Lake Champlain’s Champ – Hoax, Legend Or Wild Imagination?
Hoaxes and Legends. What did P.T. Barnum once say? "There's a sucker born every minute." Well now, did he really say that, or is that just a hoax? Apparently, no one has ever been able to confirm that he did.
Speaking of hoaxes and legends, the great State of New York can lay claim to many of both. Can a legend be considered a hoax if it can't truly be confirmed to be such? I say no.
I had the pleasure of visiting the country of Scotland a few times in my life, and with each visit, I was sure to travel around its most famous lake, Loch Ness. This long, deep, and narrow lake is very similar to the Finger Lakes, like Seneca and Cayuga.
Loch Ness is 23 miles long, and 1 mile wide, stretching northeast from Fort Augustus to Inverness. And of course, the lake is home to the Loch Ness Monster. It's a legend but is it also just a hoax where people have falsely claimed to have seen the monster? During my trips to and on Loch Ness, I did not see or hear of anyone witnessing any monster in the lake.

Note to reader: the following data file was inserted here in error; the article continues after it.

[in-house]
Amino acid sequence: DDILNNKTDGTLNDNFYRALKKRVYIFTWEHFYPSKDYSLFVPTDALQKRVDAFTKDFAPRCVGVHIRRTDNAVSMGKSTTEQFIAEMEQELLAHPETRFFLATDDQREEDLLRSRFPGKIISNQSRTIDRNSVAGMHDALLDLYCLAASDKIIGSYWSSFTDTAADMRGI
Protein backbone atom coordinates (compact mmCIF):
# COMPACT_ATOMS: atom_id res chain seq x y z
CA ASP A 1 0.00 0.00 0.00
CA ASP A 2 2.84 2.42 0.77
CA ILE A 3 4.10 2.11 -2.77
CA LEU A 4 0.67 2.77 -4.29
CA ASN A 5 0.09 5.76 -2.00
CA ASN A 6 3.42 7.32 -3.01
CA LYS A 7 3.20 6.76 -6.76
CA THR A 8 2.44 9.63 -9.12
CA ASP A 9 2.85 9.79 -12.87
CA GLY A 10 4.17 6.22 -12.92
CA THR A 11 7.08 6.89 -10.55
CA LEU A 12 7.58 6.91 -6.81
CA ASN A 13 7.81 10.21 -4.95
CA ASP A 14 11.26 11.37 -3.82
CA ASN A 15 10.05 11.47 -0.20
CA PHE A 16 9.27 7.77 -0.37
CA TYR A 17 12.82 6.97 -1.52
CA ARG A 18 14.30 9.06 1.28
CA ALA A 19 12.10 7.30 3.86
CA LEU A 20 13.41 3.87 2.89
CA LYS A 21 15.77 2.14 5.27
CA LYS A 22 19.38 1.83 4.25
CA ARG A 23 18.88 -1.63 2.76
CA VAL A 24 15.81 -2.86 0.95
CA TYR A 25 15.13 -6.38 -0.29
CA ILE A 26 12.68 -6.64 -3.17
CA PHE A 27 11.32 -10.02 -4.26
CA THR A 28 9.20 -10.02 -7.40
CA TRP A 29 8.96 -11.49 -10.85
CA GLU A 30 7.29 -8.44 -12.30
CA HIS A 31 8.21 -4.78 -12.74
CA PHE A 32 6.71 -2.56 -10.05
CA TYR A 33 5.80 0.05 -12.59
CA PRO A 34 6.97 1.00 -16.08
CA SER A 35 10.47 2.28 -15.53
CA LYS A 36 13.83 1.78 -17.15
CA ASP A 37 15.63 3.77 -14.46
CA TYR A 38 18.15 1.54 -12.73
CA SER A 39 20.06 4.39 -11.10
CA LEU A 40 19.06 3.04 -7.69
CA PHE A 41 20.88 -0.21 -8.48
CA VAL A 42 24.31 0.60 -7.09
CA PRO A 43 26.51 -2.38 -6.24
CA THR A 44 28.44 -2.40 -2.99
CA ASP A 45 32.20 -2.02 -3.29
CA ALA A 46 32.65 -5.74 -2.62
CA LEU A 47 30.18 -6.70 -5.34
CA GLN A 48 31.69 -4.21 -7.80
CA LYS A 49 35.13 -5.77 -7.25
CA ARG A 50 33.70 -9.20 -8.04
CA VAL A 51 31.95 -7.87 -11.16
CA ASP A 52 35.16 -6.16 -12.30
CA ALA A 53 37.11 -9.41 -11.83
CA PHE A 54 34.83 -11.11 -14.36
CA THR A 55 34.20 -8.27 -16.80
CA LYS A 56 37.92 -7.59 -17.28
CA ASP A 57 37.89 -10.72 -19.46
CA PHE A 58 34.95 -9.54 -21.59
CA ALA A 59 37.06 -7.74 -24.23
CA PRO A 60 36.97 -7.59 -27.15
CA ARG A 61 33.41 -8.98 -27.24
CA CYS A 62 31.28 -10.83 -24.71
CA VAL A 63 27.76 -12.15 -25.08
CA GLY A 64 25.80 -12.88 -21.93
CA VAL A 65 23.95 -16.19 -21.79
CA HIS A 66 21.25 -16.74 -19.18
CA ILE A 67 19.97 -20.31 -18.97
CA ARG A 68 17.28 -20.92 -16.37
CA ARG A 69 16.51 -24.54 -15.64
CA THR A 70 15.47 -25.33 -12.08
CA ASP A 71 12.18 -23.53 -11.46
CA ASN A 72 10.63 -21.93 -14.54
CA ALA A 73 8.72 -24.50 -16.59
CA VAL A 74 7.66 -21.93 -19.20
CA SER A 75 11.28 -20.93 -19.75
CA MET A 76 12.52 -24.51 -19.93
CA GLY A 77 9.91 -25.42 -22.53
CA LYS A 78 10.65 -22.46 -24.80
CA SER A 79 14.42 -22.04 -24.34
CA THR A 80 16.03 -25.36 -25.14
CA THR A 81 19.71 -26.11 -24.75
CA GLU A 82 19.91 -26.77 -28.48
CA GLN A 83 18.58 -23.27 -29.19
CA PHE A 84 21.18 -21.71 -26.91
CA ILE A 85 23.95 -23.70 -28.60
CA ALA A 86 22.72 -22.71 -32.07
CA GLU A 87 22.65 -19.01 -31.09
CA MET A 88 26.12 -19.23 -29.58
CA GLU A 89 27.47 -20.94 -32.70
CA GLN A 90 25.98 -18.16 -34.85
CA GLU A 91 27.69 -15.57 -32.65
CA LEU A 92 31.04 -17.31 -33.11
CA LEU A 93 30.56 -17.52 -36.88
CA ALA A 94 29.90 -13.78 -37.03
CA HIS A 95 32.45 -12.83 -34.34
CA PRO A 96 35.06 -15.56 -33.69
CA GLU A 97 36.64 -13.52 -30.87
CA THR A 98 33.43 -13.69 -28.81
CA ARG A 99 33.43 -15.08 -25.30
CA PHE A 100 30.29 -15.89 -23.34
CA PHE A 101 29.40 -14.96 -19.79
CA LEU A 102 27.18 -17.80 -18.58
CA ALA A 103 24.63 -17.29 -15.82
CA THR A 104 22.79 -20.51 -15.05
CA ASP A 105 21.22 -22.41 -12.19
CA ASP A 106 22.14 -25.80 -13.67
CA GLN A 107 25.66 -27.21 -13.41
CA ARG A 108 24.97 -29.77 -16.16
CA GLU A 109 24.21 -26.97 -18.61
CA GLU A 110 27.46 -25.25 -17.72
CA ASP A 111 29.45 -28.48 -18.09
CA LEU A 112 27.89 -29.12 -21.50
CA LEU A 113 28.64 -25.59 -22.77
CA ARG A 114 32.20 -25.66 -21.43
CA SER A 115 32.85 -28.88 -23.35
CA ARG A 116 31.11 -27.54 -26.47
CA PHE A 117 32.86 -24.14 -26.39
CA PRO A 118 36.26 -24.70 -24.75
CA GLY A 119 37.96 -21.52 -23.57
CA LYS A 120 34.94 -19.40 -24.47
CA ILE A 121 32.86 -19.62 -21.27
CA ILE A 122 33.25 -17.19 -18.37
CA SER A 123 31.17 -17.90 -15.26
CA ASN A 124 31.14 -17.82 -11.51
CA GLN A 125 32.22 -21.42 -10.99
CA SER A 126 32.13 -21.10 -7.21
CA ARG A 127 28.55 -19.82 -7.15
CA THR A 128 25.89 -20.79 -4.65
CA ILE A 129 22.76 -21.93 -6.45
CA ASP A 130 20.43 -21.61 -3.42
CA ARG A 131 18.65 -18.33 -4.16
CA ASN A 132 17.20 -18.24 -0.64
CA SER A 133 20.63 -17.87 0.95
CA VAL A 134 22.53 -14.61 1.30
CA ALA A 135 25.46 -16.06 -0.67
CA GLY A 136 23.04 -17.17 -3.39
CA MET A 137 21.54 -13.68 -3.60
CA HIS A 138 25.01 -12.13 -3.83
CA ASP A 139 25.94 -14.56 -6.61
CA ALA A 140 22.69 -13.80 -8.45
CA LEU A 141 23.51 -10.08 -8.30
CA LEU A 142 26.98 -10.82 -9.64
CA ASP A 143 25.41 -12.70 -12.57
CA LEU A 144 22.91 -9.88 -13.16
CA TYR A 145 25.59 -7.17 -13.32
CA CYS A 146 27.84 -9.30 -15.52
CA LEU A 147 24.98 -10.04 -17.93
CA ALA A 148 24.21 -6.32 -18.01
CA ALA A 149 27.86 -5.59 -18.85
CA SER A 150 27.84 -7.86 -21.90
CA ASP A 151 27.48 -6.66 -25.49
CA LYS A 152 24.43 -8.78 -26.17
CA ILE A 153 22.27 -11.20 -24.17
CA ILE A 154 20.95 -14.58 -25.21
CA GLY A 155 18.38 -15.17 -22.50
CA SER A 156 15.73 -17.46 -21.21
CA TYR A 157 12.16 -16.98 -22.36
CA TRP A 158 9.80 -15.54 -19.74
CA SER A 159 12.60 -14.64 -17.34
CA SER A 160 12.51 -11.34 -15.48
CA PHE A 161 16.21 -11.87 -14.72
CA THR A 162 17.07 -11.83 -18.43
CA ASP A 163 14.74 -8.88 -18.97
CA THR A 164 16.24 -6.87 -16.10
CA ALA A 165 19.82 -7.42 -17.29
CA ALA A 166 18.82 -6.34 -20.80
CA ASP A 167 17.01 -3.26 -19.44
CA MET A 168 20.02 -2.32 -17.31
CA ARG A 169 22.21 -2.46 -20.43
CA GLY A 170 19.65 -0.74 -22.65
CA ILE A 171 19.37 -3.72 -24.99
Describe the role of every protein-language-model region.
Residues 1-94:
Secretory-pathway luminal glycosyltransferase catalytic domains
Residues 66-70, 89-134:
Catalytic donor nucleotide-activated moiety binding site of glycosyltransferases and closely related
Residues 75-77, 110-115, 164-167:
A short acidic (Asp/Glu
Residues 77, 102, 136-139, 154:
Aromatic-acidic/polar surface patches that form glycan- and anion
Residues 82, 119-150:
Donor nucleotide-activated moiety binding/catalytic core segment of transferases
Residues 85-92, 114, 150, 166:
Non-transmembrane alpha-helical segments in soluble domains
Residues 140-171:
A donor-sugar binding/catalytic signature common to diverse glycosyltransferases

And did you know, that our state has its own version of a Loch Ness Monster? Well, it's not considered a monster, whatever that really means, but a large creature has been supposedly spotted many times in New York State's 3rd largest lake (and largest natural freshwater) - Lake Champlain.
This creature is known as Champ. According to the Lake Champlain Region website, Champ is described to be a large, horned serpent, or giant snake. The article mentions that the year 1873 was a busy year for the sightings of Champ, and even piqued the interest of P.T. Barnum, offering a cash reward for the hide of the creature.
You'll find many attractions related to Champ around Lake Champlain, including a statue in Port Henry. But the question remains. While Champ may be a local legend, is this creature just a hoax or just the wild imagination of hundreds of people who have claimed to witness a sighting?